Author Topic: APC Smart UPS 6000 Repair [FIXED]  (Read 1177 times)

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Offline JaxeyTopic starter

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APC Smart UPS 6000 Repair [FIXED]
« on: June 10, 2023, 12:52:38 pm »
Hi, new to the forum and hoping someone can help out...

I recently bought a ~10 year old 6kVA/4200W APC SMART UPS secondhand online and it appears to be dead-on-arrival. While I may be able to get back what I paid for it from the vendor (wasn't actually that much), with freight costs to return it I'd still be several hundred dollars out of pocket so trying I'd rather try and repair it (or have it repaired locally).

Symptoms: With or without power connected attempting to turn it on results in the green 'online' LED lighting very briefly, then goes out and a red 'Fault' LED comes on. When this happens the battery indicator lights the lower 2 (out of 5) segments. According to the APC documentation this appears to be an 'Inverter Error'.

The battery packs both appear to be fine, and the batteries are reading ~184V combined (about 92V each) which although low seems to be within the APC quoted minimums (nominal is 96V for the 8x12V Lead Acid cells in each of the 2 packs).

The UPS logic board appears to be working fine - when mains is applied the fan in the front of the unit comes on, buttons on the front panel work and the APC network management card works (I can connect to this from a web browser after figuring out the weird APC DHCP option required to give it an IP address on my home network). I don't know the 'apc' user password, but the secondary 'device' login was fortunately still set to the default password and I can use this. The web UI also shows an 'inverter error'.

I opened up the unit to see if I could spot anything that had obviously blown up or overheated, but all appears to be fine visually. Based on another thread here I tested what I believe is the inverter output capacitor (marked as TMPP 206K/400V) (it's the huge yellow capacitor that had obviously self-destructed in the other thread and was 10uF - but that was for a 1kVA model and not the 6kVA one I have). Anyway, the in-circuit capacitance from my trusty EEVblog 121GW meter is showing this capacitor as only 0.25uF.

So a few questions:
  • Is this capacitor meant to be 20uF? I can't find any schematics for this model of UPS and although I have managed to google the service manual, it doesn't include part values. The '206' on the markings suggests 20uF to me(?)
  • Should I try and desolder the capacitor and check it again out-of-circuit or just assume it's bad and replace it? It's going to be a bit of a mission to get the main board out of the unit but guess I'm going to have to do that anyway for any sort of repair/replacement.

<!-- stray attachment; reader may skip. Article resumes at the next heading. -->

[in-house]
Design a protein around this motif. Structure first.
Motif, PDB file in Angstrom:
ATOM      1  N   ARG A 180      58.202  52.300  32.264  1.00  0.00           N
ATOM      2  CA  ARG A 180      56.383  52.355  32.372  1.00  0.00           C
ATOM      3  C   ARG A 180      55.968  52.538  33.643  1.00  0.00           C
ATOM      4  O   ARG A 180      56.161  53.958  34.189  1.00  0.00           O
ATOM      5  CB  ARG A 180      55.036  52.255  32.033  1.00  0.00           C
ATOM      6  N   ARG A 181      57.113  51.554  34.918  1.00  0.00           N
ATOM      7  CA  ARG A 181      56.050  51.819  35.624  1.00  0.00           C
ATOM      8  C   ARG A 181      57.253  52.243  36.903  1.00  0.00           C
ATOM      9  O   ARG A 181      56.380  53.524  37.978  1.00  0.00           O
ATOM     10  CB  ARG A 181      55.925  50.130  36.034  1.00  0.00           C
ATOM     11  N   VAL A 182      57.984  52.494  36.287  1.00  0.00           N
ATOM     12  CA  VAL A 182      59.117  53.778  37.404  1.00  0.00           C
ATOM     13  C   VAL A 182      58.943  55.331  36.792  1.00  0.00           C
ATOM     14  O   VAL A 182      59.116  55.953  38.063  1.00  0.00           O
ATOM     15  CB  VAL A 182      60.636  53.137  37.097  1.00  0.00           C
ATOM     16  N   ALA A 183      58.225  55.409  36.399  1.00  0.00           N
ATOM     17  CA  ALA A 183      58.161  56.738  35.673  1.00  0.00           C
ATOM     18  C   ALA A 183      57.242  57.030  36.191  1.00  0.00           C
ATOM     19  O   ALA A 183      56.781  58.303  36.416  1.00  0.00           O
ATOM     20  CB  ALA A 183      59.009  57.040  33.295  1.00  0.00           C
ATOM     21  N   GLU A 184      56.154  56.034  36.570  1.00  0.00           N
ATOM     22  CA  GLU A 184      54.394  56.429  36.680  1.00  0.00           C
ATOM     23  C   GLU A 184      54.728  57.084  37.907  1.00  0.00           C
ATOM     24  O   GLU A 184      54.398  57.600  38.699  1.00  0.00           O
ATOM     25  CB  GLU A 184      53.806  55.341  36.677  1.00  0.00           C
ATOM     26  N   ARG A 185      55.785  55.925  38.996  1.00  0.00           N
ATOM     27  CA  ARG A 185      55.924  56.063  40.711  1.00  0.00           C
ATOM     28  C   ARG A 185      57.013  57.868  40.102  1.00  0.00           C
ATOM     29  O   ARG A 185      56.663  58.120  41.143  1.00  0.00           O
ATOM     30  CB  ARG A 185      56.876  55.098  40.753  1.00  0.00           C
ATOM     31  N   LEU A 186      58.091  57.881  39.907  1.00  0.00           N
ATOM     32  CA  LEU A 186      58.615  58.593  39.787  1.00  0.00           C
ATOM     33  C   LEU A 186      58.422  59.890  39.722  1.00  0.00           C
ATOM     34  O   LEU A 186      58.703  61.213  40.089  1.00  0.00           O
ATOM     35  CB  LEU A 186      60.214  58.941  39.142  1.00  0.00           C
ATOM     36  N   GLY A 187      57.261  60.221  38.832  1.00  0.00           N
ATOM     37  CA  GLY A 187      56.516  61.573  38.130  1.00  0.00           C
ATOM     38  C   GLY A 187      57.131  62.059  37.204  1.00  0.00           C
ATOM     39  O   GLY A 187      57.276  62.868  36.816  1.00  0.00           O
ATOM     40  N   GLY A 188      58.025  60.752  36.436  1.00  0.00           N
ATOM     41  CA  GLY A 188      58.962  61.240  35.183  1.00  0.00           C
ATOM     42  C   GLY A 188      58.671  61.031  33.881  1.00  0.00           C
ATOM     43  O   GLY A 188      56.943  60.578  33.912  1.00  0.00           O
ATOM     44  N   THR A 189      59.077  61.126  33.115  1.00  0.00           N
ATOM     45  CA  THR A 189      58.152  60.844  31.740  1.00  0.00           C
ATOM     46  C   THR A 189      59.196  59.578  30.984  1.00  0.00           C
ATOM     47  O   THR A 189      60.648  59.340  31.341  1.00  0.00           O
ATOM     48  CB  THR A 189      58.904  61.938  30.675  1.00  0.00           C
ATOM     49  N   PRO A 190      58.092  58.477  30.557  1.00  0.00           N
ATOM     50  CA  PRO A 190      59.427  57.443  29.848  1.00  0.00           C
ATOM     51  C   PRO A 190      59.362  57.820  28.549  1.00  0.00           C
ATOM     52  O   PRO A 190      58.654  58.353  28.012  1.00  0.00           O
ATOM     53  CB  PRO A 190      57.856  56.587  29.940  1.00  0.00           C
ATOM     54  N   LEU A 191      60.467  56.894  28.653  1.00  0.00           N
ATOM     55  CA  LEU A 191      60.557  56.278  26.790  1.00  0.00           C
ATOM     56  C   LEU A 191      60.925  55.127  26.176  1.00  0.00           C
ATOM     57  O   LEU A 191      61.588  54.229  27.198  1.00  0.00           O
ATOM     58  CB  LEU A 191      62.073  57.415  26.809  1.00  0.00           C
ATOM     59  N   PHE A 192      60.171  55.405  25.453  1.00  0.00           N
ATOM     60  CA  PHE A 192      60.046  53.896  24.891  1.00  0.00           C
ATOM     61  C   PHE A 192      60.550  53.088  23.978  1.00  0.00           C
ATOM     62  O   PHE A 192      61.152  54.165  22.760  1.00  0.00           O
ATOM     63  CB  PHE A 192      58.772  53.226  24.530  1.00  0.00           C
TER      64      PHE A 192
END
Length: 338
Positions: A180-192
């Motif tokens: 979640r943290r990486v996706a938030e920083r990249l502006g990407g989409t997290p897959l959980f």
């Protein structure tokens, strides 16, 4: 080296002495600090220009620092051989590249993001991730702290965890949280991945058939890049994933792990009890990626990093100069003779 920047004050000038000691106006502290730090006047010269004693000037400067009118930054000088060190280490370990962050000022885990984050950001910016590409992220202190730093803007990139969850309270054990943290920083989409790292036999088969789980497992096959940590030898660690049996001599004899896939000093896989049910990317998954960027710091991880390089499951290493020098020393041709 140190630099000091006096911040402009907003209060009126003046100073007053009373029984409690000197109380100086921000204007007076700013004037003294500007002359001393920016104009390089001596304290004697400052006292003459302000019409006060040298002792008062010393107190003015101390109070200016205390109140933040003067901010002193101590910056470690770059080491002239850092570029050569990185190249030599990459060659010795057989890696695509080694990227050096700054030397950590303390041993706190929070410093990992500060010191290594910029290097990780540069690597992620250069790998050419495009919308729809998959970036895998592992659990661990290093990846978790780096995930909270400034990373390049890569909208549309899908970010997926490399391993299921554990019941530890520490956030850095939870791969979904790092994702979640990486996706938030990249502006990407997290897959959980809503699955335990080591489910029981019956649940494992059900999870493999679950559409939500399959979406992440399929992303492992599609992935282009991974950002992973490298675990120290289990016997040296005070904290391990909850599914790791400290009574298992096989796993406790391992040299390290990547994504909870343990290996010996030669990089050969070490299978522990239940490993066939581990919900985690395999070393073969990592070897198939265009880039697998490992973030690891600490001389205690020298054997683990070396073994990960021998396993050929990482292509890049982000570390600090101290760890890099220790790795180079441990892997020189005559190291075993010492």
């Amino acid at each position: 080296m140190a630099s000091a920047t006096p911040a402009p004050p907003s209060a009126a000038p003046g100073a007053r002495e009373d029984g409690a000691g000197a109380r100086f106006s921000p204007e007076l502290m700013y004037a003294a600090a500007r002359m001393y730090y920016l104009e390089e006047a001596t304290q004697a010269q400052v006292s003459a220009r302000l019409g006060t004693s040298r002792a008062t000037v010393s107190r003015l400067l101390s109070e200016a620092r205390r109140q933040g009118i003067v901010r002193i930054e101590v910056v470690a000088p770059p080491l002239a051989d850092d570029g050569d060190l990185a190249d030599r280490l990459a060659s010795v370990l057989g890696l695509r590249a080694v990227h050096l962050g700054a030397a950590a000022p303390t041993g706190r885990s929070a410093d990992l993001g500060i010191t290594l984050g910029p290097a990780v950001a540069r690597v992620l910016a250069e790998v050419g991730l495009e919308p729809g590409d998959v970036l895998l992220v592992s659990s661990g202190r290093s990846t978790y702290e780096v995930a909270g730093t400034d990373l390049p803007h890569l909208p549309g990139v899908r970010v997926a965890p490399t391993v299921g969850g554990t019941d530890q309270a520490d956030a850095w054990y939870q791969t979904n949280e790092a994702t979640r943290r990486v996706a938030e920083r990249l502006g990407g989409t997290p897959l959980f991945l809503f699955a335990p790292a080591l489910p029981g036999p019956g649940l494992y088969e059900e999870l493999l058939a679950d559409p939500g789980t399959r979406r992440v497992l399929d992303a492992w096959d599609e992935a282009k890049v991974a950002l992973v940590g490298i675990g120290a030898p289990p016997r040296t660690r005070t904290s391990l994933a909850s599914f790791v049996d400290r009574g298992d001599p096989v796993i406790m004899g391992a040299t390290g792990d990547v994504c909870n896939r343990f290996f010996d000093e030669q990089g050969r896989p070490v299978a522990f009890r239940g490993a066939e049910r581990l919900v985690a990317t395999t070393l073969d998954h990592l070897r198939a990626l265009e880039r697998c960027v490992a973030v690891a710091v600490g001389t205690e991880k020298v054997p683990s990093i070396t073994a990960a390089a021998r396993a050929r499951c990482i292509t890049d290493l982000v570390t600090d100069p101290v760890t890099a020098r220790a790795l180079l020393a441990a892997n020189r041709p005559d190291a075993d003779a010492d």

• Is something like this this a suitable replacement part?
  • Any other suggestions to get this up and running? I'm in Christchurch NZ and shipping this thing around is not very practical due to the size & weight, but if there's anyone local experienced with this type of repair I'd be keen to find them.
Would really like to get this working if at all possible, thanks in advance for any assistance!
« Last Edit: June 20, 2023, 07:20:49 am by Jaxey »
 

Offline elecdonia

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Re: APC Smart UPS 6000 Repair
« Reply #1 on: June 10, 2023, 01:58:34 pm »
Catastrophic visible failure doesn’t always take place. The capacitor may look fine externally. Measurement of uF is the standard way to test these large metallized-film capacitors.

It isn’t possible to measure uF accurately with the capacitor “in-circuit.” Unsolder one end of the large yellow inverter capacitor and then test it for proper uF. Make sure capacitor is discharged before connecting meter.

This type of capacitor, known as “metallized film,” tends to gradually lose uF as it ages. A loss of more than 10% indicates it should be replaced. Example: A 20uF capacitor should measure >18uF.
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Online bdunham7

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Re: APC Smart UPS 6000 Repair
« Reply #2 on: June 10, 2023, 02:37:35 pm »
So a few questions:
  • Is this capacitor meant to be 20uF? I can't find any schematics for this model of UPS and although I have managed to google the service manual, it doesn't include part values. The '206' on the markings suggests 20uF to me(?)